Saturday, November 14, 2020

Mining the Minors: Jonah (8)

The choice between my way and God’s way is always before us, isn’t it?

And yet, for many reasons, God’s way may hold little appeal. It didn’t appeal to Cain, so he slew his own brother rather than take it. God’s way surely didn’t appeal to Abraham when instructed to offer his own son as a sacrifice at Moriah — how could it possibly? And yet Abraham’s faith enabled him to see past the strange command he had received to the character of the God who gave it, and to trust him to remain who Abraham had always known him to be.

One man chose his own way over God’s, though God had hardly made it difficult for Cain to obtain his favor: “If you do well, will you not be accepted?” The other chose God’s way over his own preference, despite the fact that pleasing God at first appeared to come at unprecedented cost. The difference was faith in the character of God: Abraham had it; Cain didn’t.

If you haven’t yet encountered this sort of choice yet as a Christian, be sure you will. It is in making such choices and living with their consequences that we come to really know God. And that, I think, is the real aim of the exercise.

Back in the first chapter of our study in Jonah, the mariners are looking for a way of salvation from the tempest that threatens their lives. God is about to present one, but it will not necessarily appeal to them at all.

Jonah 1:11-16 — Making Choices
“Then they said to him, ‘What shall we do to you that the sea may quiet down for us?’ For the sea grew more and more tempestuous. He said to them, ‘Pick me up and hurl me into the sea; then the sea will quiet down for you, for I know it is because of me that this great tempest has come upon you.’ Nevertheless, the men rowed hard to get back to dry land, but they could not, for the sea grew more and more tempestuous against them. Therefore they called out to the Lord, ‘O Lord, let us not perish for this man’s life, and lay not on us innocent blood, for you, O Lord, have done as it pleased you.’ So they picked up Jonah and hurled him into the sea, and the sea ceased from its raging. Then the men feared the Lord exceedingly, and they offered a sacrifice to the Lord and made vows.”
What Shall We Do?

These mariners are pagans and polytheists, superstitious to the core. The concept of placating the gods with sacrifices is one with which they are quite familiar, so now that the man who has put them in this awful predicament has been identified and admits his guilt, their first instinct is to do something harmful to him in order to turn the anger of his God away from them and their foundering ship. If this reaction seems a little foreign to modern sensibilities, it is nonetheless quite logical in its time, place and cultural setting. So they ask, “What shall we do to you?”

Upon receiving Jonah’s answer, the mariners are between a rock and a hard place. On the one side, their instinct is to offer the necessary sacrifice to Jonah’s God; on the other, there is the moral hazard of committing murder to save their own skins. Jonah has told them what needs to be done, but they understandably delay the inevitable.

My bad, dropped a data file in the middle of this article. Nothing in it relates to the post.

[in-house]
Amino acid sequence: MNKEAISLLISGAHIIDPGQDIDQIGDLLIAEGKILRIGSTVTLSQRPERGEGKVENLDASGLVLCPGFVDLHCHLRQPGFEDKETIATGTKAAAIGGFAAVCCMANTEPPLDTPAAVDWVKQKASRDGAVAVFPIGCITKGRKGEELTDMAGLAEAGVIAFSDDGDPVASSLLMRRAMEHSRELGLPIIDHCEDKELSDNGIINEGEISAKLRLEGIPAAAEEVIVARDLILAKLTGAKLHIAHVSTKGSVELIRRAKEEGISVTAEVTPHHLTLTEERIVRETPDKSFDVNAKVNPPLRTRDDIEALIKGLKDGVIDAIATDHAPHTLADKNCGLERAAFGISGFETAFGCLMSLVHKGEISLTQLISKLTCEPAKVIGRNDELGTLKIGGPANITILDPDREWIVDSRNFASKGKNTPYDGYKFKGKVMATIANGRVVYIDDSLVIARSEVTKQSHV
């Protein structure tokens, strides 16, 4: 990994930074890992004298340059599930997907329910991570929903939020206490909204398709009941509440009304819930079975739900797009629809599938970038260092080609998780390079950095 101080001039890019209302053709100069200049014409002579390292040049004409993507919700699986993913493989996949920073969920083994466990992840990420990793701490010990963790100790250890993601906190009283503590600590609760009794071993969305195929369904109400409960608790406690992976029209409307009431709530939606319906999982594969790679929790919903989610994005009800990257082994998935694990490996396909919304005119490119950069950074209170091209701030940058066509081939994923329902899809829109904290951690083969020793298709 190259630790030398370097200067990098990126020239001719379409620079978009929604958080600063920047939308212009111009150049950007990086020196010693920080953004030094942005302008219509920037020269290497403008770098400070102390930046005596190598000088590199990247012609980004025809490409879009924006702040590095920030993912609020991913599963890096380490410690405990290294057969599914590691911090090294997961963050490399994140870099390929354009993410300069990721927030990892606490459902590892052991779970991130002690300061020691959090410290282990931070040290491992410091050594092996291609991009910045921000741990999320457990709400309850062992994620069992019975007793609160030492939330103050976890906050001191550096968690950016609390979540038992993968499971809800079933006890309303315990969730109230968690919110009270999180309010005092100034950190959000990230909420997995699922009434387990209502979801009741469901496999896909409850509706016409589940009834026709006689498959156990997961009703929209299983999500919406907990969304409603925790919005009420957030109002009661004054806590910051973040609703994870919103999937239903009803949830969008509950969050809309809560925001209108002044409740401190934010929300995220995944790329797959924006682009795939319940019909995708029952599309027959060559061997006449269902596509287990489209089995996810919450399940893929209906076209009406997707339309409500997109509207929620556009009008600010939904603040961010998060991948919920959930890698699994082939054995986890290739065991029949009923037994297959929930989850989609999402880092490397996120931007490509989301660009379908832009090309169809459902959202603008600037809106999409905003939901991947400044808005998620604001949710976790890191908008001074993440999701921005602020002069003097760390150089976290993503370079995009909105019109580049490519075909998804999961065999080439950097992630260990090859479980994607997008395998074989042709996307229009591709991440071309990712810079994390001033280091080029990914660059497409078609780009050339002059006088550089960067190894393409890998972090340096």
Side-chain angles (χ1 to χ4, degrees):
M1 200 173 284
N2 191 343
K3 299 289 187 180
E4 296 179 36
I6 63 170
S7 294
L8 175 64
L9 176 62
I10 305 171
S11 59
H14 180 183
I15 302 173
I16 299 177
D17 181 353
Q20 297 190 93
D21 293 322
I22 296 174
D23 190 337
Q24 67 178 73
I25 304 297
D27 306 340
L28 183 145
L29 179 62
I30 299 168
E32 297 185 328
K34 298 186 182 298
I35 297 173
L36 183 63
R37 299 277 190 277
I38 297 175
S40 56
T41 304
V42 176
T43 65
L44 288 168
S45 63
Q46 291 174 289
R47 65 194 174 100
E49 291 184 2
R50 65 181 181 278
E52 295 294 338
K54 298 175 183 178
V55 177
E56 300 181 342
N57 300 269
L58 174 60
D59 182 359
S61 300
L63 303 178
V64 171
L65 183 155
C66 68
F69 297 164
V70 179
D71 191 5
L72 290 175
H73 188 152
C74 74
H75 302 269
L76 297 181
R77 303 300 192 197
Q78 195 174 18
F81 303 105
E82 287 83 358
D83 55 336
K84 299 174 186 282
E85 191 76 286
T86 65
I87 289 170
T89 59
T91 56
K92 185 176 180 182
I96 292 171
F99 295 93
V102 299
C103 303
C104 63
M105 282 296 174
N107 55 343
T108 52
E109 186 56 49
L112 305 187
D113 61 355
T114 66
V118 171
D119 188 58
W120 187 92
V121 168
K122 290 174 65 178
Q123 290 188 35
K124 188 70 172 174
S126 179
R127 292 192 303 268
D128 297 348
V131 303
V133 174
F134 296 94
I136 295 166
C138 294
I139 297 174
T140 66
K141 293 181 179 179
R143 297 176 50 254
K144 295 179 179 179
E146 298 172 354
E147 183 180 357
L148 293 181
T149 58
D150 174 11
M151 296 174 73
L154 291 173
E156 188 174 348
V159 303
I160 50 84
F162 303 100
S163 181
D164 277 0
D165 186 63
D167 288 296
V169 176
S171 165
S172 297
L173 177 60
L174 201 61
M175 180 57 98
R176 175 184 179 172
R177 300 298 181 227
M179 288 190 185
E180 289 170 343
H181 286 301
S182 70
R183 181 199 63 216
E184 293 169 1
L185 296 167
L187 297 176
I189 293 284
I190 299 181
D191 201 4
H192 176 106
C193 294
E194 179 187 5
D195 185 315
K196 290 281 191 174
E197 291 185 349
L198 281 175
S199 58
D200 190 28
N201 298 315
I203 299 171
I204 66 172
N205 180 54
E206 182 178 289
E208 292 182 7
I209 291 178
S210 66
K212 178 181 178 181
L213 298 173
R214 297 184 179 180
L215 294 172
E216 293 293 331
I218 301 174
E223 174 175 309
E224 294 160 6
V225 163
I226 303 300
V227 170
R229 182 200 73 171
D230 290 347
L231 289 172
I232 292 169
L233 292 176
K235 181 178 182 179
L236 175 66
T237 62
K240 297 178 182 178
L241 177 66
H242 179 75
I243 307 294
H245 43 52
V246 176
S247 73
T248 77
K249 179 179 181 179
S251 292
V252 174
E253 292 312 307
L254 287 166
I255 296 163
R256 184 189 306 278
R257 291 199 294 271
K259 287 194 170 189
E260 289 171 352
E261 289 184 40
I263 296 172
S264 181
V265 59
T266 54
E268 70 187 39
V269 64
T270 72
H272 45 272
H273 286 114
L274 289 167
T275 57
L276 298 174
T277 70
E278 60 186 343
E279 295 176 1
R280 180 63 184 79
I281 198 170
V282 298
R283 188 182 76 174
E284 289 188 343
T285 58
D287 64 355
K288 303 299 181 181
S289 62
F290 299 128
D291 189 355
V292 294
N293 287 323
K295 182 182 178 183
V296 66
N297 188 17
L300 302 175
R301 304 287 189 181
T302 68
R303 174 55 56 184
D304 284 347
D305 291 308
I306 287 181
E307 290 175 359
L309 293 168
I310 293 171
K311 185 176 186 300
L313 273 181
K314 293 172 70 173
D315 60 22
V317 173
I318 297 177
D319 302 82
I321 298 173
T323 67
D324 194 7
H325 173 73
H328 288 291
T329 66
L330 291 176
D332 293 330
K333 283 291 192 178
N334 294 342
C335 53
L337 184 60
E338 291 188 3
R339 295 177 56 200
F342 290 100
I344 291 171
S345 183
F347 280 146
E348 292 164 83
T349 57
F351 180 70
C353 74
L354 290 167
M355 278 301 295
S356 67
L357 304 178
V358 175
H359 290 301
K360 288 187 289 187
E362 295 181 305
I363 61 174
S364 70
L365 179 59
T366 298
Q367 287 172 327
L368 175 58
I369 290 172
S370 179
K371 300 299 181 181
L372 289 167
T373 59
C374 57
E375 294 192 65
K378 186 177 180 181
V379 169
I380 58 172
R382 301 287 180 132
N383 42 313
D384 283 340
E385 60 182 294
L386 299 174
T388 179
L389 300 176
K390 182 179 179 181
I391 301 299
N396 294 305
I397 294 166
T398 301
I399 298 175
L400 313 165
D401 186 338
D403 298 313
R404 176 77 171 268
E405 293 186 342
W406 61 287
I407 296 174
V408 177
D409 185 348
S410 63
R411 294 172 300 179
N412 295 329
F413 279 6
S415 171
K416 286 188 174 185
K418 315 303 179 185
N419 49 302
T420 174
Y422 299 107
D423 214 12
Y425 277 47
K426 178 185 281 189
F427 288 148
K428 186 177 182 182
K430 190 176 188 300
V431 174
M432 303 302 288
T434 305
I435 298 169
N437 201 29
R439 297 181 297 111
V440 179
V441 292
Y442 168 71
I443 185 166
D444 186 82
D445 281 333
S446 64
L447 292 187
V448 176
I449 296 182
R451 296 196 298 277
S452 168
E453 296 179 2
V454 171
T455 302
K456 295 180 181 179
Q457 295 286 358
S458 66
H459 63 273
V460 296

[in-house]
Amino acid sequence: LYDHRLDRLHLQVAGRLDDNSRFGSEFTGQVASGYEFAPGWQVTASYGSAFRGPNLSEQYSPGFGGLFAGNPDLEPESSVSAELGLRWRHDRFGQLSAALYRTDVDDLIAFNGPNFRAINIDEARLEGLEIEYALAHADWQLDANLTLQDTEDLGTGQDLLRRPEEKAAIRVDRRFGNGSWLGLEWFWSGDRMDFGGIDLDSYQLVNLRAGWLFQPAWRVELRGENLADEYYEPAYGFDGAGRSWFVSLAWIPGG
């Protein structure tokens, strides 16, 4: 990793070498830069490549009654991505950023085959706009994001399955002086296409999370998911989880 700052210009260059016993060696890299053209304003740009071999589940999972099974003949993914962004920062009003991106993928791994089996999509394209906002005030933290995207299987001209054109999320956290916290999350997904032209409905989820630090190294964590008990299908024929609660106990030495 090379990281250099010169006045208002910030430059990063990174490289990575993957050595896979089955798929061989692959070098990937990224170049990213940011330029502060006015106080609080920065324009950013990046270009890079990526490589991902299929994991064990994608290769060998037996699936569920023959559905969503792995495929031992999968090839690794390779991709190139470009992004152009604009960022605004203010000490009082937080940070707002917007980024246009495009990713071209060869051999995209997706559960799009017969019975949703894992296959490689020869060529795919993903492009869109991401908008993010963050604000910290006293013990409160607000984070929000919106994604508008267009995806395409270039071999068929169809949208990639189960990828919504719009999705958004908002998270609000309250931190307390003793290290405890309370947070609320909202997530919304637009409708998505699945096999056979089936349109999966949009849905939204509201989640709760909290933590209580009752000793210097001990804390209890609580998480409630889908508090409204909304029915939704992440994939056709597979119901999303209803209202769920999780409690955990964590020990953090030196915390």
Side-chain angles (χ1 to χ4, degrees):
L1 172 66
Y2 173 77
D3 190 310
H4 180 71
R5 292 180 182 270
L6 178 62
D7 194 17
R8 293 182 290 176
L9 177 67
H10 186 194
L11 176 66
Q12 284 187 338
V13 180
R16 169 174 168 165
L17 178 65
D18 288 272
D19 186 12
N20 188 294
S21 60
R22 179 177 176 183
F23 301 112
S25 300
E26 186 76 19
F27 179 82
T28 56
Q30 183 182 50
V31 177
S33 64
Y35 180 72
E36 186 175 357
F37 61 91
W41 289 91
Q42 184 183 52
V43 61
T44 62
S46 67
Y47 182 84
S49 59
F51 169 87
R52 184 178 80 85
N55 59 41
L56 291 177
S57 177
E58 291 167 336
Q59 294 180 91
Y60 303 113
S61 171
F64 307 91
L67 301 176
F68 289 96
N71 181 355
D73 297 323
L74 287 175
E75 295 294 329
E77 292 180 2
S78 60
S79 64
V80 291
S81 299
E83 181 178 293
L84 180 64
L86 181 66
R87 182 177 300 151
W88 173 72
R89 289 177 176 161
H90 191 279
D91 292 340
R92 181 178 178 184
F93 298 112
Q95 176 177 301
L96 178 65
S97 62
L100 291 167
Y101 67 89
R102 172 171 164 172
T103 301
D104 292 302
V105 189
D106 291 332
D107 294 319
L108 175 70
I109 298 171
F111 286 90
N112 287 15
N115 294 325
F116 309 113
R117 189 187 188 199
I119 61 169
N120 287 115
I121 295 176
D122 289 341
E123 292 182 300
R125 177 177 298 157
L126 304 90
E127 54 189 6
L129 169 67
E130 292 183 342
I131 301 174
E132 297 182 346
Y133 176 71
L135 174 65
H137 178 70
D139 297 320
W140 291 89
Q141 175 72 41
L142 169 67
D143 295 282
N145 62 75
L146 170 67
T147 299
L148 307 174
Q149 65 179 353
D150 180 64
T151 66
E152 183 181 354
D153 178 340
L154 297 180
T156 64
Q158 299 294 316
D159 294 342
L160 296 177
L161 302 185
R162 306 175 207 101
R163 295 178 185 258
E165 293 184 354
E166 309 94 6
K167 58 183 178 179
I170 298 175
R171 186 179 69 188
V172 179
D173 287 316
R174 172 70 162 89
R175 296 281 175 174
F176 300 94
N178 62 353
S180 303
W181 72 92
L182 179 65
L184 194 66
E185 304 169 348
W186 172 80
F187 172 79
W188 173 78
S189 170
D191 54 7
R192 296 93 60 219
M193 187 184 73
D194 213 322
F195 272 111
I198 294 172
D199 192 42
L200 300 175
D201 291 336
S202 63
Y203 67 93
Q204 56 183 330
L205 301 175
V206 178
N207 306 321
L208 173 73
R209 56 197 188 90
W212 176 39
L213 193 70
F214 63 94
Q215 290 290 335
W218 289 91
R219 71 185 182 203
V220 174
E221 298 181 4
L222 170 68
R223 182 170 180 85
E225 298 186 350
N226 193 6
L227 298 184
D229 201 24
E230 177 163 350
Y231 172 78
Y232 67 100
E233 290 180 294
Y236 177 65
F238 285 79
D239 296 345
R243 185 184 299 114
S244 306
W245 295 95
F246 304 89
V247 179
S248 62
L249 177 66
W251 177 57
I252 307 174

An Obvious Question

An obvious question arises here: Why doesn’t God simply instruct Jonah to jump overboard? That would resolve the moral dilemma of the mariners in short order.

But that will not do. The Lord is not merely interested in the fate of Jonah or even the Ninevites to which Jonah has been sent. From Genesis to Revelation, our Bibles present him to us as a relational God, not merely a distant and powerful deity concerned primarily with commands and consequences. Our God cares about the spiritual condition of pagans as well as prophets, and is making Jonah a testimony to them against his own inclinations in order to draw these men into a encounter with the God of Israel.

So God forces the mariners to get involved in his unfolding drama. They must make a decision, take a risk and learn something about Jonah’s God in the process. However, like so many people under conviction, the mariners are determined to see if there is any other option open to them than the one with which they have been presented. God’s plan for their salvation seems undesirable, so they first try to save themselves.

Decision Time

Finally, the mariners come to the place where they realize they are out of options. It looks like it is either God’s plan of salvation for them, or else they must perish. So they begin to pray. They acknowledge that God is in charge (“You, O Lord, have done as it pleased you”), and beg to be excused from the penalty that would normally fall to murderers, since they are acting under God’s orders and very much against their own inclinations. So Jonah is thrown overboard, and the sea immediately and miraculously ceases its raging. As always, faith is rewarded, even when it appears most fearfully and tentatively.

Did their faith result in permanent changes to hearts and lives? We cannot say with any certainty, as this is the last we see of the mariners in our story. But the early indications are certainly good: they “feared the Lord exceedingly, and they offered a sacrifice to the Lord and made vows”.

The God of Israel had made an impression on these foreigners and, as he so often does, had made unexpected good come out of his servants’ bad choices. We should hardly be surprised to find him doing similar things in our own lives.

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